Hi Guillem,

On 18/05/2015 08:16, Guillem wrote:
> (...) the only things that are preventing me from doing that right now are 
> the fact that USB serial controllers don’t work all the way (...)

So "Better/wider" USB support. Already on the list.

> Is there any way to make some kind of driver that would sit between the 
> application and the actual soundcard (in my case a realtek) and forward what 
> the app is trying to send to the soundblaster to the realtek the right way?

Yes and no. Yes, because that's possible in theory - but it requires to 
capture ports on which usually the SB card sits, and this requires to 
put the CPU in v86 mode (hence EMM386 is mandatory). And not everyone is 
a fan of v86, or EMM386. Secondly, even though it is possible this way, 
it will work only for realmode applications (since v86 mode is an 
emulation of a 8086...), so it's quite limited anyway.

Ultimately, SB is a "standard" that is tied to hardware, so it will die 
sooner or later. The long-term solution here would be to have a 
universal sound API, and that's all what VESA/AI is about. And drivers 
that provide an VESA/AI API for various cards are a possibility that is 
technically sound (but it would work only for new apps, or old apps that 
are extended with VESA/AI support). As for your legacy apps that are 
requiring a strict SB card, I fear there's no solution.

> Also would FreeDOS actually run on a PC with 8gb of RAM? That’s what this one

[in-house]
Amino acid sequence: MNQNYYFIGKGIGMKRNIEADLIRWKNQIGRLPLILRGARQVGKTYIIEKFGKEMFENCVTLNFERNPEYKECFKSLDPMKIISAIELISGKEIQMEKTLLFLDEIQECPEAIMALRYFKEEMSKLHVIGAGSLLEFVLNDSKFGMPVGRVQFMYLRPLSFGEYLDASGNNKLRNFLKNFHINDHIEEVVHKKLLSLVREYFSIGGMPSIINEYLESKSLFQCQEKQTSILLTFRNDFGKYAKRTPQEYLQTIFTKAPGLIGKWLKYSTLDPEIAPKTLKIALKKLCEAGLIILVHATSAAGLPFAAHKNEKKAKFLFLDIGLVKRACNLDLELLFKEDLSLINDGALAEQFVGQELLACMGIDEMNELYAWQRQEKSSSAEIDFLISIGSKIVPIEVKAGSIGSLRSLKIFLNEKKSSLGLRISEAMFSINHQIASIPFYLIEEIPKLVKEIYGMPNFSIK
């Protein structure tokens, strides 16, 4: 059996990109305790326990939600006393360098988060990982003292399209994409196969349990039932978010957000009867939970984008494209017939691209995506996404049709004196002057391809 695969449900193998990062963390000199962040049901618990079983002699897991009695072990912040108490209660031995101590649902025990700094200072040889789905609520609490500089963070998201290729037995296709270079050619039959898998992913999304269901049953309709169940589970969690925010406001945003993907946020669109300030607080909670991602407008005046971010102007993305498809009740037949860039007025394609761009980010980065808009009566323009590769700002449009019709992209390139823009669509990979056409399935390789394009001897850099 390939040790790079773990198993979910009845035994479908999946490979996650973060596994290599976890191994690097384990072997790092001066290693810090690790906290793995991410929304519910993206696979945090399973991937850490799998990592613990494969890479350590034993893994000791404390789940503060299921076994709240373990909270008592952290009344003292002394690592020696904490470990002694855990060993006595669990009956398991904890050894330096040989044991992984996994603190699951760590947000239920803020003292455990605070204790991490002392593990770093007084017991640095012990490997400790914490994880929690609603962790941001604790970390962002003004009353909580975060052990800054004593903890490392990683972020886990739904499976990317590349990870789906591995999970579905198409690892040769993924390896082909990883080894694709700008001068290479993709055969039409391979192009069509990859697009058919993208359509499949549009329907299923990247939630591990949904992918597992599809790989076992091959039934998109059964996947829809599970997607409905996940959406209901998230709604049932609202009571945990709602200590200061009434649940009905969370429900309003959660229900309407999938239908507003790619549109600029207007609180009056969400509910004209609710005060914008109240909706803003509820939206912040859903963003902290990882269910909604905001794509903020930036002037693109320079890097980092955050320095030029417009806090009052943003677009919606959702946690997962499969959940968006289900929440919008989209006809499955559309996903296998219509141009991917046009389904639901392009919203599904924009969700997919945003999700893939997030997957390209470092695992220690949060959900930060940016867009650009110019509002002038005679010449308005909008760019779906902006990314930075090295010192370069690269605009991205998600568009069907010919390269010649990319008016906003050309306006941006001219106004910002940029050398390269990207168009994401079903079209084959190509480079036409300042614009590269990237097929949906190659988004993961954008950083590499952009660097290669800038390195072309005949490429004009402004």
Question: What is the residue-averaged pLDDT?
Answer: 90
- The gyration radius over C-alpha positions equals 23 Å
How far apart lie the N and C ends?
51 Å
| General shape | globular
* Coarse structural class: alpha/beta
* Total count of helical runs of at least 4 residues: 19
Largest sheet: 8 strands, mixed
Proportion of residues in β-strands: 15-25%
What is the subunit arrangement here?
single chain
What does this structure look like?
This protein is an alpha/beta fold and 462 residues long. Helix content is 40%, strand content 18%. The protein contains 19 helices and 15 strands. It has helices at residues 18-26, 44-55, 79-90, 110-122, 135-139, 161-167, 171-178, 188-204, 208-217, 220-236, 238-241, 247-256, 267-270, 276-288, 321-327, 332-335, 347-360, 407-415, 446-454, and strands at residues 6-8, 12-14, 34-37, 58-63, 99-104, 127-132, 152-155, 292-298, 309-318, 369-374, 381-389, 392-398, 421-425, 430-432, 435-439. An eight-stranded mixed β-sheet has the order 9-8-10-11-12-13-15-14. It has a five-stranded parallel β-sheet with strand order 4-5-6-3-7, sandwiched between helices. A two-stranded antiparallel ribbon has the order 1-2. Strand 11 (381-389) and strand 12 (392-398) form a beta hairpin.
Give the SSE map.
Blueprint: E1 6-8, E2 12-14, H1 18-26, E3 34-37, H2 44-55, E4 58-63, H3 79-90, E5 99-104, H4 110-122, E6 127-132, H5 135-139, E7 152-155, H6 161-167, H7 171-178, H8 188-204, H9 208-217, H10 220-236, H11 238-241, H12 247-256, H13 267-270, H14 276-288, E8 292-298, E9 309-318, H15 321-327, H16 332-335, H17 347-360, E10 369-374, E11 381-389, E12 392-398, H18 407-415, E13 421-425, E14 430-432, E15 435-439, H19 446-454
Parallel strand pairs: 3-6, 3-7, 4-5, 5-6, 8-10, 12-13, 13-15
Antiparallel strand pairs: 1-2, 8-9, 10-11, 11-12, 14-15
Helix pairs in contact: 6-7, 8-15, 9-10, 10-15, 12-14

> has, but after the previous message in this topic I’m not so sure.

Sure it would. Of course it won't use the 8GB, but it doesn't need to 
either. The limitation you saw in the other thread are windows 
limitations, not FreeDOS.

> I guess I would also have to figure out networking. I have no way of using 
> Ethernet because of how this house is set up. I can either use Wifi or use my 
> phone with USB tethering,

If this is a non-mobile computer, then I can only recommend getting a 
small cheap Access Point and configure it in client mode, so your DOS PC 
would have standard ethernet connectivity, while the AP will do all the 
boring and complicated wifi stuff. That's what I do, and it works very 
well for me.

The alternative is to find an old wifi card that has a packet driver for 
DOS and a configuration tool that allows to set the whole wifi mess.. 
but, well, good luck with that :) (on the other hand, if you do find 
such card, I'd be really interested in knowing the exact brand/model and 
associated drivers).


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